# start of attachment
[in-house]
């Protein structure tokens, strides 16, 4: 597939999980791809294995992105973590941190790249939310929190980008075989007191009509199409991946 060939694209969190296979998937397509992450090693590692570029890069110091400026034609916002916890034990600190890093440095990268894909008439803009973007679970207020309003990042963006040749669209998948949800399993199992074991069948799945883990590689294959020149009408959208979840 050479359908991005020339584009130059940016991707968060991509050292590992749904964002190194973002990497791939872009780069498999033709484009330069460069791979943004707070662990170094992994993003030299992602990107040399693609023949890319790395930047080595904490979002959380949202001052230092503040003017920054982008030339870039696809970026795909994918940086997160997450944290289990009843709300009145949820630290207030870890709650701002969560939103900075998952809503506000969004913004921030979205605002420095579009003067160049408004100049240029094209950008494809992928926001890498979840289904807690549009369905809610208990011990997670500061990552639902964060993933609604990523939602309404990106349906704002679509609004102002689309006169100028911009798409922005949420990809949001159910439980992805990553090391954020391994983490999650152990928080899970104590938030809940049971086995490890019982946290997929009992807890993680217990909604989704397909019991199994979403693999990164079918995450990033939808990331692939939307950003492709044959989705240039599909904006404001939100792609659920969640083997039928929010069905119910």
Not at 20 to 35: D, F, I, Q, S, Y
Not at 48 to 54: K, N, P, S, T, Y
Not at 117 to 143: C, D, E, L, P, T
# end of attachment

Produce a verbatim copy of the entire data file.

[in-house]
């Protein structure tokens, strides 16, 4: 597939999980791809294995992105973590941190790249939310929190980008075989007191009509199409991946 060939694209969190296979998937397509992450090693590692570029890069110091400026034609916002916890034990600190890093440095990268894909008439803009973007679970207020309003990042963006040749669209998948949800399993199992074991069948799945883990590689294959020149009408959208979840 050479359908991005020339584009130059940016991707968060991509050292590992749904964002190194973002990497791939872009780069498999033709484009330069460069791979943004707070662990170094992994993003030299992602990107040399693609023949890319790395930047080595904490979002959380949202001052230092503040003017920054982008030339870039696809970026795909994918940086997160997450944290289990009843709300009145949820630290207030870890709650701002969560939103900075998952809503506000969004913004921030979205605002420095579009003067160049408004100049240029094209950008494809992928926001890498979840289904807690549009369905809610208990011990997670500061990552639902964060993933609604990523939602309404990106349906704002679509609004102002689309006169100028911009798409922005949420990809949001159910439980992805990553090391954020391994983490999650152990928080899970104590938030809940049971086995490890019982946290997929009992807890993680217990909604989704397909019991199994979403693999990164079918995450990033939808990331692939939307950003492709044959989705240039599909904006404001939100792609659920969640083997039928929010069905119910």
Not at 20 to 35: D, F, I, Q, S, Y
Not at 48 to 54: K, N, P, S, T, Y
Not at 117 to 143: C, D, E, L, P, T